When I tried to create partitions I created a / root @ 8gb, then Created a /home with the rest of free space and selected my / (root) partition to install ubuntu on, and hit "Install". An Error came up that I didn't have a boot sector?

August 25th, 2013, 01:08 AM
Only 8GB is pretty small for / (root), I normally suggest 10 to 25GB and only the smaller amount for small hard drives.
You are forcing a BIOS install which will not work with dual booting Windows in UEFI. You can later convert to UEFI with Boot-Repair but will still have the video issue once installed.

When you boot in UEFI mode, you should be grub menu. At grub menu press e for edit, scroll to linux line and replace quiet splash with nomodeset. That works with most video issues but what video do you have.

How to set NOMODESET and other kernel boot options in grub2 - both liveCD & first boot, but different
Info on other boot parameters

August 25th, 2013, 05:49 AM
geforce GTX550

August 25th, 2013, 06:13 AM
Now I get new error.

Boot error:

Could not read file.

then it does a screen dump wall of text.


Checked Disk. It had 1 error.

August 25th, 2013, 08:44 AM
OK Downloaded new ubuntu this being Release 12.4.3...
This works fine. I use the Shift+restart command to boot from DVD amd64 Desktop Bootdisk.

I didn't ned to use the nomodeset and all seems to be working great.

Went with Try ubyntu option first.

Opened terminal tested EFI mode using: [ -d /sys/firmware/efi ] && echo "Installed in EFI mode" || echo "Installed in Legacy mode"

It reported "Installed in EFI mode"

OK Just to be clear so I don't stuff up my Win8..

When I go to install Ubuntu. It Still doesn't come up with the option to Install Alongside Windows, So i choose "Something else" category.

From the list I provided above, It seems that I already have a boot protected partition (assuming this is the unknown 1Mb area.)
It also has an EFI partition sda1, fat32, 104Mb.
I have no idea what sda2 is for. so we will just ognore this for now. and then we see we have the windows partition.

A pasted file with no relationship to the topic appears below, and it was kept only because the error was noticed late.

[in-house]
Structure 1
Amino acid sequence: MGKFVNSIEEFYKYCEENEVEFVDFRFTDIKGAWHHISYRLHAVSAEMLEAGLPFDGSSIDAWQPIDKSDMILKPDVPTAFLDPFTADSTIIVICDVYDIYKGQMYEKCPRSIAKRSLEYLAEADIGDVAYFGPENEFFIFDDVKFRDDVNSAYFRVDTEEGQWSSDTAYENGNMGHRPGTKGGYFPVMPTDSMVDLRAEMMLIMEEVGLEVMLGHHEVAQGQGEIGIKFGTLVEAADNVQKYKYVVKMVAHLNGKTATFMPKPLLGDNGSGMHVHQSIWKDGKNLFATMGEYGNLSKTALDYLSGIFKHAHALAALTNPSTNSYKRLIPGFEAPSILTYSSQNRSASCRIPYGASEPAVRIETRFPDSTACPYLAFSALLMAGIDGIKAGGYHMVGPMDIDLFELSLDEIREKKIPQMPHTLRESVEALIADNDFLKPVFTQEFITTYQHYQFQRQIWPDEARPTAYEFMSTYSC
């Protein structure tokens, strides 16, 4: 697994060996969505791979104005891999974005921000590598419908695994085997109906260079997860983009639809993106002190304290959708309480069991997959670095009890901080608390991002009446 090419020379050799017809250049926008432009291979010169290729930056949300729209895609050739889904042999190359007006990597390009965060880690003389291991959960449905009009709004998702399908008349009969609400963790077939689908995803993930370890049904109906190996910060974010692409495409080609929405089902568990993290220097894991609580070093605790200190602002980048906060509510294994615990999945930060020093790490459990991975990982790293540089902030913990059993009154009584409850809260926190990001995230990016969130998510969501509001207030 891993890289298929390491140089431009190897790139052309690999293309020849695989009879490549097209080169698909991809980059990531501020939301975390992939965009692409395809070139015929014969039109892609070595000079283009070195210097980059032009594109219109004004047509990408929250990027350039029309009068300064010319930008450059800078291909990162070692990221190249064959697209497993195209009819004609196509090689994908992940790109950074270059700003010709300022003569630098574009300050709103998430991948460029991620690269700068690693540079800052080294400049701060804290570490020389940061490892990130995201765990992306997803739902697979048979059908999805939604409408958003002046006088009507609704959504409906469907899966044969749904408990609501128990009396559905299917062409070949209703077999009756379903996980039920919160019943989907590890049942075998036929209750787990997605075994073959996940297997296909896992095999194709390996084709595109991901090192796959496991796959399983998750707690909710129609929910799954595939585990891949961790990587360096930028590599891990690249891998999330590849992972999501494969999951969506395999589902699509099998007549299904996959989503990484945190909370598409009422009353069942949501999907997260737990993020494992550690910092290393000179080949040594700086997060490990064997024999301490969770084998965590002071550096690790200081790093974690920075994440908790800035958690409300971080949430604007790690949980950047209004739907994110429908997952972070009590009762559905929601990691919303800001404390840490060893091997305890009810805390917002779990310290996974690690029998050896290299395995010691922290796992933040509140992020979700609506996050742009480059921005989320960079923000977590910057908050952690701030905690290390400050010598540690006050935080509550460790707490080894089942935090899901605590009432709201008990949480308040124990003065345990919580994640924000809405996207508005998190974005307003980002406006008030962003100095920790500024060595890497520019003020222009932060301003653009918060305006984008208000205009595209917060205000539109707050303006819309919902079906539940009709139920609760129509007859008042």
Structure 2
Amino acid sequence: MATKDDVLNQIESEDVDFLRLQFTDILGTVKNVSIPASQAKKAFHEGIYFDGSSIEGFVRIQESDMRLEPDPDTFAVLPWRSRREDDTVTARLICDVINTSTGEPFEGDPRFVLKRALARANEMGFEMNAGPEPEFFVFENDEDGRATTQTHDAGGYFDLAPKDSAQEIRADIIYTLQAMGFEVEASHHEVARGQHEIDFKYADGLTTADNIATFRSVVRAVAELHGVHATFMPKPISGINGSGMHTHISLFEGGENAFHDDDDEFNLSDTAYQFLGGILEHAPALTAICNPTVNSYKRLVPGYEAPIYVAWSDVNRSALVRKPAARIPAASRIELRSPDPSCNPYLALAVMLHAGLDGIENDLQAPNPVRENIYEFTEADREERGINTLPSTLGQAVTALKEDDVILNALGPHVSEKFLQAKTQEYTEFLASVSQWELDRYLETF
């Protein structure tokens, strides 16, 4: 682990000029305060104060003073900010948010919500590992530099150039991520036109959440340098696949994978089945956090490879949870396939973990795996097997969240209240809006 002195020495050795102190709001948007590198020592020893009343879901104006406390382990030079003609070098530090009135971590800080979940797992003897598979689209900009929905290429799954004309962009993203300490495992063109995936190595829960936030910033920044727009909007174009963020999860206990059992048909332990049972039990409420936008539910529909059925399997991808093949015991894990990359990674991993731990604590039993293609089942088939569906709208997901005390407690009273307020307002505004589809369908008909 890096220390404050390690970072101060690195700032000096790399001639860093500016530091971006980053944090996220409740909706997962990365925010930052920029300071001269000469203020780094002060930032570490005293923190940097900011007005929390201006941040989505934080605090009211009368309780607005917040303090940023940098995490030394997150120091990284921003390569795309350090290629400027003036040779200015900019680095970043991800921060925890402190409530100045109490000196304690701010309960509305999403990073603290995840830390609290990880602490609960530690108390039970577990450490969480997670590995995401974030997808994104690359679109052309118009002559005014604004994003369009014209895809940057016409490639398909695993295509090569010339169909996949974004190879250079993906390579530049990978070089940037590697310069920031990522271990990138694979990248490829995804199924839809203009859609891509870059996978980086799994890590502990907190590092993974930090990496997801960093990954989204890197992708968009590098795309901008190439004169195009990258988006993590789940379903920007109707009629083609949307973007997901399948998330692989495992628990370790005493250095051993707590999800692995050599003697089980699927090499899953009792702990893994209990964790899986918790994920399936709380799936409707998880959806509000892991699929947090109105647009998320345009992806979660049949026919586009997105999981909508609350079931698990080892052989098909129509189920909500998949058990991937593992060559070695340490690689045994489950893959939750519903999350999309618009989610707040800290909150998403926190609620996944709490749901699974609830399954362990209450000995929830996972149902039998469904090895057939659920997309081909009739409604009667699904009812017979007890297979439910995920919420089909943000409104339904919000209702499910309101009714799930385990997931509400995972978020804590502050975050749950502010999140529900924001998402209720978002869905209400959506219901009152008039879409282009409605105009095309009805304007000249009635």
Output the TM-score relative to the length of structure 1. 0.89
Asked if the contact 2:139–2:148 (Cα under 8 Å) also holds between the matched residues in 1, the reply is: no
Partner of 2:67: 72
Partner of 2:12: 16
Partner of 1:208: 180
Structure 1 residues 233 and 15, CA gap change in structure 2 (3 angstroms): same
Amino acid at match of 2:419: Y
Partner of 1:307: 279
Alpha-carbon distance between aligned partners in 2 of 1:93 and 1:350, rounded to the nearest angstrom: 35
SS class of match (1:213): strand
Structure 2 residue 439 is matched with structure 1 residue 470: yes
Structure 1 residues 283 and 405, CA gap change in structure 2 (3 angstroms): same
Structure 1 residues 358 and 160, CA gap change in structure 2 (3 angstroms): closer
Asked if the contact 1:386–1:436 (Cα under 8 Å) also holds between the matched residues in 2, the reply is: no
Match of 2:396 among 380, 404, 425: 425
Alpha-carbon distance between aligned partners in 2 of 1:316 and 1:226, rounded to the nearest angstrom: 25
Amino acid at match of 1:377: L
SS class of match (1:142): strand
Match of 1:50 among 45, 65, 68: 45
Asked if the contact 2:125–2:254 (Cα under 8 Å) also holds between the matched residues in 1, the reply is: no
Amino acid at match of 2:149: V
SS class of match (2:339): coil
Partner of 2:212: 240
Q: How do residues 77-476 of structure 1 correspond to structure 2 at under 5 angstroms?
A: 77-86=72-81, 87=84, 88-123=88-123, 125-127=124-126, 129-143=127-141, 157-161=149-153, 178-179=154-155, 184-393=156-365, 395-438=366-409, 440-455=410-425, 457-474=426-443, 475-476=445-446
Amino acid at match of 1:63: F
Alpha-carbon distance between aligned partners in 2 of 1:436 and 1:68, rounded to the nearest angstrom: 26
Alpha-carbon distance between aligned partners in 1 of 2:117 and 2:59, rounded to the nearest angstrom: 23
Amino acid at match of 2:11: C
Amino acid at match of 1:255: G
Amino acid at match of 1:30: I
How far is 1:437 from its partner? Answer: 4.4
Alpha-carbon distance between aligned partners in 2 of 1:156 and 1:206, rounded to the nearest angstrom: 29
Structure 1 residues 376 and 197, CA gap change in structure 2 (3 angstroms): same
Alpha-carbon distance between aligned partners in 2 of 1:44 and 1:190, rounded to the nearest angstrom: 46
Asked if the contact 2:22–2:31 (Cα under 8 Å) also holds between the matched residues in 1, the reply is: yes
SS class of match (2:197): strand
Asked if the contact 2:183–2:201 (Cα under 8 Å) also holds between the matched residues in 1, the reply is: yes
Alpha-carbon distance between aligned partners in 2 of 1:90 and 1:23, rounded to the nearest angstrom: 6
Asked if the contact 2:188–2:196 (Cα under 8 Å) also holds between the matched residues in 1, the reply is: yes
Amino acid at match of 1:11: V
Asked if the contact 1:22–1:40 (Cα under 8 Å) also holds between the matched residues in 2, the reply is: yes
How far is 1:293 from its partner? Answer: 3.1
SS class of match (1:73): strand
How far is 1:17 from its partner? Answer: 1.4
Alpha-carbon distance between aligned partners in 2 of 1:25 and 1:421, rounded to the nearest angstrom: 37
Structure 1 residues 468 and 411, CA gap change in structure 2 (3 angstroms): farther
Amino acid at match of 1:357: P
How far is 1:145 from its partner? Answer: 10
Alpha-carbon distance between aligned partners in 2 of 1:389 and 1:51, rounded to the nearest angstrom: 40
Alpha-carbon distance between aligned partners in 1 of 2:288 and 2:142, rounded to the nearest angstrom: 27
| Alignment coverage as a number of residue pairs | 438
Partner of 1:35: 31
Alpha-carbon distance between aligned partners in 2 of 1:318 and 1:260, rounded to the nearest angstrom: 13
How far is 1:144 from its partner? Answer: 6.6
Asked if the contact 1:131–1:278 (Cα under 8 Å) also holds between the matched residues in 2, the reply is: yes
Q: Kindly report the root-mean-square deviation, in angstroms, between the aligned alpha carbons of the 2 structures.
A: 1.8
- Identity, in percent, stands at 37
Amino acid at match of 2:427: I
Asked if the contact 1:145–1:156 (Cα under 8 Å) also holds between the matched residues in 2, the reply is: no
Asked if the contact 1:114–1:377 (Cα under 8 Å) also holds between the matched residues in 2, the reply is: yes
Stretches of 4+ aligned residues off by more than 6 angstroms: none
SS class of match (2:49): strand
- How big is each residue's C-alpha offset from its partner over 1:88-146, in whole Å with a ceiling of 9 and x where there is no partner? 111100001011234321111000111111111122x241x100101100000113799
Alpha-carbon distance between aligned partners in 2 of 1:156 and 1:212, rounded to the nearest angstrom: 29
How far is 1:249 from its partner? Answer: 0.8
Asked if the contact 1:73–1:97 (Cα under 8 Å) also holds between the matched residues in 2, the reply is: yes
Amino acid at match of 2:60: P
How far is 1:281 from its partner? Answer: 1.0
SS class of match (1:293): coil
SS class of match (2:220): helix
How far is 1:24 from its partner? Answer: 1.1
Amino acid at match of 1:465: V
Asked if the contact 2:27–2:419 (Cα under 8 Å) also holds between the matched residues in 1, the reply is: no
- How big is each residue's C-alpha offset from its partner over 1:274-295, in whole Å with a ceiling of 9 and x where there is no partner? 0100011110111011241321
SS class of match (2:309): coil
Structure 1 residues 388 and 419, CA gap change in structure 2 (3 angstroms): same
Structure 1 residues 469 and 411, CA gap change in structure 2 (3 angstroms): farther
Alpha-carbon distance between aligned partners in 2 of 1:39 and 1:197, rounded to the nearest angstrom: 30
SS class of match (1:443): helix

Now. At the bottom of the Dialog it also asks for "Device for Boot loader instructions"

it defaults to /dev/sda, but If I am understanding the help files/documented advice, I now select the sda1 as the partition for my boot deice?

I can take my 200Gb free space and make a /(root) partition [Ext4, journal] with that and just have linux use that for everything.

Is this all correct?

Then when it is installed I use the boot repair and viola I have the option of Ubuntu or Windows to boot into??

I just want to be ultra sure as I don't want to have to lose my windows install. I have it backed up--but still, I'd rather it stay intact.

Thanks for your advice so far.


August 25th, 2013, 06:05 PM
In post #2 I have info on the Microsoft reserved partition.

I think with UEFI installs, saying to install to sda will automatically install grub2's boot loader to the efi partition as that is the only place it is supposed to be installed. With BIOS it can be in several places although MBR of sda is most correct.

One large / (root) partition will work but best to also have some swap. That would be a default install. If you deleted the partitions from first install or just had the space as unallocated then the install side by side should work.
And you do need Boot-Repair to fix up the os-prober bug issue to add correct chain load entries to boot Windows (or you can manually add entries your self).

August 26th, 2013, 08:57 AM
I don't get the "Side by Side" Installation option come up on my computer at all. This is my main problem..

If I got this option in the menu then I wouldn't have any problems installing Ubuntu.

BuT (like I said numerous times.) I don't get this option..

Never mind..

I tried doing this about 9 months ago on another computer and I had similar problems. CD doesn;t work, crashes upon ""Try ubuntu first" etc...

I guess this is a sign that Linux is just not for me.

Maybe one day when Ubuntu make some decent instructiions with Installs that work properly I might give it another try in the future. But untill then I give up and stay with Windows.

GL all.